Vegan, vegetarian

Like a lot of other terms used in today’s world of blurry culinary borders and super-fusion cuisine, a ‘tagine’ has come to refer to a mix of vegetables, or meat and vegetables, spiced and served Moroccan-style, over cous cous or rice. The word itself actually comes from the clay pot used to make the traditional dish, which is the perfect vessel for long, slow braising. I have never owned a tagine pot, and yet I have been making some variation on this dish for quite some time. Basically, if there are carrots, onions, chickpeas and cinnamon involved, I usually say that we are having tagine for dinner. Feel free to play here, add some bell or spicy peppers and use chicken broth and even meat, if that’s your thing. There are an infinite number of recipes out there, but this should give you an idea of what (vegetarian) tagine is all about.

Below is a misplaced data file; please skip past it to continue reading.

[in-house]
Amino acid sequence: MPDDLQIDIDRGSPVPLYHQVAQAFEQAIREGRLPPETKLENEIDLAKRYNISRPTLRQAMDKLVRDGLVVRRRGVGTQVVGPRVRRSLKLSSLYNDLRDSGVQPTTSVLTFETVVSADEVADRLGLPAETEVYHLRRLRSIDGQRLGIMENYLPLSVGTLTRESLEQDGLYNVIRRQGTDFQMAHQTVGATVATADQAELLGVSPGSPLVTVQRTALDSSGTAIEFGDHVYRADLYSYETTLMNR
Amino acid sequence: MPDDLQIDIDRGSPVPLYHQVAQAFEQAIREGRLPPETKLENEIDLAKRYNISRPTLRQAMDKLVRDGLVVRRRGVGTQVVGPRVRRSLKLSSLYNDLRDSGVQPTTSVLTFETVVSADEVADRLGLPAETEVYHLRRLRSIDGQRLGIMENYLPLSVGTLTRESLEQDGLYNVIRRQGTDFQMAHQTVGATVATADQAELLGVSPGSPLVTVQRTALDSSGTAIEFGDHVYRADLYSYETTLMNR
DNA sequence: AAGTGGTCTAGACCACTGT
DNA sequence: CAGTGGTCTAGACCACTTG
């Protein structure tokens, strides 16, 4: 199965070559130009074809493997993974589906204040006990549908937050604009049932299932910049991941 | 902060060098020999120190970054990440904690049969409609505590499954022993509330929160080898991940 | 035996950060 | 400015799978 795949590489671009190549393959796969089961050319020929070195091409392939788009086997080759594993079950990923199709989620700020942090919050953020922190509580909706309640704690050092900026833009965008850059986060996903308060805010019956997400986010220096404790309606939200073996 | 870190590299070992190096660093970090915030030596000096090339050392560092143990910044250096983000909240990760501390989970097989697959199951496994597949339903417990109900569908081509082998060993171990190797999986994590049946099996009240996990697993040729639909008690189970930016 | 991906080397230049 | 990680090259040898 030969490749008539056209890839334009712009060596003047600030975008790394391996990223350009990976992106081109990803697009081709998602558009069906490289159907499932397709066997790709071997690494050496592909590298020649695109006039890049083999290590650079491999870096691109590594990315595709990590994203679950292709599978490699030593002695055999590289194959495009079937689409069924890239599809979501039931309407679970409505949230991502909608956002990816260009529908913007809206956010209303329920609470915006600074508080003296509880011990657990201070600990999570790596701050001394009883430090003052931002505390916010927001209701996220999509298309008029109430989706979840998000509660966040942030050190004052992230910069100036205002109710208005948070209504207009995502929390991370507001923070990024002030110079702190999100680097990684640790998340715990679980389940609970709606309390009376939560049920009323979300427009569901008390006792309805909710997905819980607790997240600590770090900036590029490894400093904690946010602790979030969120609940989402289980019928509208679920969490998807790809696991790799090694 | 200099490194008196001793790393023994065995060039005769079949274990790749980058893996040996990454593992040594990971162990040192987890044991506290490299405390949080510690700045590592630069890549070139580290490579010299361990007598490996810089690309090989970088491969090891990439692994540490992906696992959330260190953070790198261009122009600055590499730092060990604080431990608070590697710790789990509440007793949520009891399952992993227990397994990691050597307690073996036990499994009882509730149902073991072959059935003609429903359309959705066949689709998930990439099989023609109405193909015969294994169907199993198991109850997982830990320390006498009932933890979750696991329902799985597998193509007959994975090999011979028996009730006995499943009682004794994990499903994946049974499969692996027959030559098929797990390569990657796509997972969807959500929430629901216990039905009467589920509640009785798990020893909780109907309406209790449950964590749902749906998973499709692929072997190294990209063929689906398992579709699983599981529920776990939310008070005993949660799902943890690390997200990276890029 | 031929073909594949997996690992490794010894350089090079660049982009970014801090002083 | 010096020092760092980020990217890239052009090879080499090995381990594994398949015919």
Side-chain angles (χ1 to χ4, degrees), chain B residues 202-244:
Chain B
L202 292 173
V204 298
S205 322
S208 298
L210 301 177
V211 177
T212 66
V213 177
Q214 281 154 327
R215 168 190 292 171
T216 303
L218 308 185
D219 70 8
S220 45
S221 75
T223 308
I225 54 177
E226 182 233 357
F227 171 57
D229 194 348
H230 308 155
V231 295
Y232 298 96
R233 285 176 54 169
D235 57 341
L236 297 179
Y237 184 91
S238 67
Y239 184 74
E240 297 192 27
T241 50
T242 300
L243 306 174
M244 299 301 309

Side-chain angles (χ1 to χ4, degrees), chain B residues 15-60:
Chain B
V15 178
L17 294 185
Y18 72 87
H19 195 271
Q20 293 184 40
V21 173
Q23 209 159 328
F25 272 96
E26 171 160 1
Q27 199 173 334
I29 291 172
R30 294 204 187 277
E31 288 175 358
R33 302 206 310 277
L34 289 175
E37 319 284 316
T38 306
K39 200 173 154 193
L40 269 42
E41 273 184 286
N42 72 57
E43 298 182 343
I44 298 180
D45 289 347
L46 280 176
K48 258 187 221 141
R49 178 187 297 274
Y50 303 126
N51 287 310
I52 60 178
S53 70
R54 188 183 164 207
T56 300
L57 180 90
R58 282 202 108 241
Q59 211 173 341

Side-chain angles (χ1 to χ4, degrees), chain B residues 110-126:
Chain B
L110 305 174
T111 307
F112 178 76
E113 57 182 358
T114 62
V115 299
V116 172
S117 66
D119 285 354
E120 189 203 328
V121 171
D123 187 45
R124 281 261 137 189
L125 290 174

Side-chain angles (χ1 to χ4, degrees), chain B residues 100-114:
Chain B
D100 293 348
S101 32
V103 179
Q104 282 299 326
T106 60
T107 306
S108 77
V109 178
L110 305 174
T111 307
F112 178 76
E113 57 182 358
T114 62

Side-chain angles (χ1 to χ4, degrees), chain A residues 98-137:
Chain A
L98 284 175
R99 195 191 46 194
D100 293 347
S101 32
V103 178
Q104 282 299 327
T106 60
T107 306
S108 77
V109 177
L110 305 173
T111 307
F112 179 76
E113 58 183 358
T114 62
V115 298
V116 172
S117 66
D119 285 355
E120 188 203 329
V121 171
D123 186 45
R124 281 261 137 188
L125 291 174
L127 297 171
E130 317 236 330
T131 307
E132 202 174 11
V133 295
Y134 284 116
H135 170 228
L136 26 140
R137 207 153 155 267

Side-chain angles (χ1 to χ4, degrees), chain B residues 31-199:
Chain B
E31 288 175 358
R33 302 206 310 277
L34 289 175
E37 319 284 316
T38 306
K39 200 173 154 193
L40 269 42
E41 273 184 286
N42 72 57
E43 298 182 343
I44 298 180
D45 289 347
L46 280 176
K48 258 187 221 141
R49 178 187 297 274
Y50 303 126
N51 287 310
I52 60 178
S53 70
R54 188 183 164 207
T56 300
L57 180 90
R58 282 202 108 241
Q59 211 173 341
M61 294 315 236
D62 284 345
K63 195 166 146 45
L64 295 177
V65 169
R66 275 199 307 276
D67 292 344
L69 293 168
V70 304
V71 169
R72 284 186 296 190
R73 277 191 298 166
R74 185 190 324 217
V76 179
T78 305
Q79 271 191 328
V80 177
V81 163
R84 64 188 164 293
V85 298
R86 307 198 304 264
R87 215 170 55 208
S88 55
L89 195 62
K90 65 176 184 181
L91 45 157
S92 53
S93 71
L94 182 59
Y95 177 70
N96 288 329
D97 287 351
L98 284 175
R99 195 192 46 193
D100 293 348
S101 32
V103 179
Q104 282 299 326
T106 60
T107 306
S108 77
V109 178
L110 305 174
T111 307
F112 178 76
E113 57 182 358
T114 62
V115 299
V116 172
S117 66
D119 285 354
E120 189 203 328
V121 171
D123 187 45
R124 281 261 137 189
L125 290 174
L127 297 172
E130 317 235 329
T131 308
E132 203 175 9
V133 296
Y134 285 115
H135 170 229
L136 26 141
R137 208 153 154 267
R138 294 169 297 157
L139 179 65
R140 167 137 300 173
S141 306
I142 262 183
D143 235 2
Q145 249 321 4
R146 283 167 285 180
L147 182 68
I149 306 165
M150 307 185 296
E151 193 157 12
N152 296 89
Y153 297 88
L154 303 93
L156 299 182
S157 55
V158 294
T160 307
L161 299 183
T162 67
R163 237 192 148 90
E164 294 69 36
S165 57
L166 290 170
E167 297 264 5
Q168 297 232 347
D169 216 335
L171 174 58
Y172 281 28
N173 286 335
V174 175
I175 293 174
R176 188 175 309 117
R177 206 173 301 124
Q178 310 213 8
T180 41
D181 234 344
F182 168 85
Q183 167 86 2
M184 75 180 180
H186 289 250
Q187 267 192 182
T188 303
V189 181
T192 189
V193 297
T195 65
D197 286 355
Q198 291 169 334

Ari’s Tagine, remixed

Typically I use a cinnamon stick when I make tagine, letting it simmer with the vegetables after I cover the pot; however since all I had was ground cinnamon, I tossed a little in with the onions and carrots while they sauteed and the end result was still delicious.

olive oil

1 large onion, coarsely chopped

3-4 carrots, sliced thinly on the diagnal

generous pinch of cinnamon

generous pinch of cumin

salt and pepper

3 small zucchini or summer squash, quartered and chopped

1 can chickpeas

1- 1 1/2 cups vegetable broth

Heat 1-2 tablespoons of oil in a wide saucepan over medium-high heat. Add the onions, carrots and spices and stir to coat everything. Saute for a few minutes, letting onions, brown slightly, but not burn. Season with salt and pepper. Continue to saute, stirring occasionally until onions are becoming translucent. Add the squash, and chickpeas and stir to incorporate, then pour in the broth and cover the pan. Turn the heat down and simmer for 20-30 minutes until the vegetables are soft. If there is a lot of broth left in the pan you can cook it off with the pan uncovered.

Serve over rice or cous cous and sprinkle with chopped parsley or cilantro.

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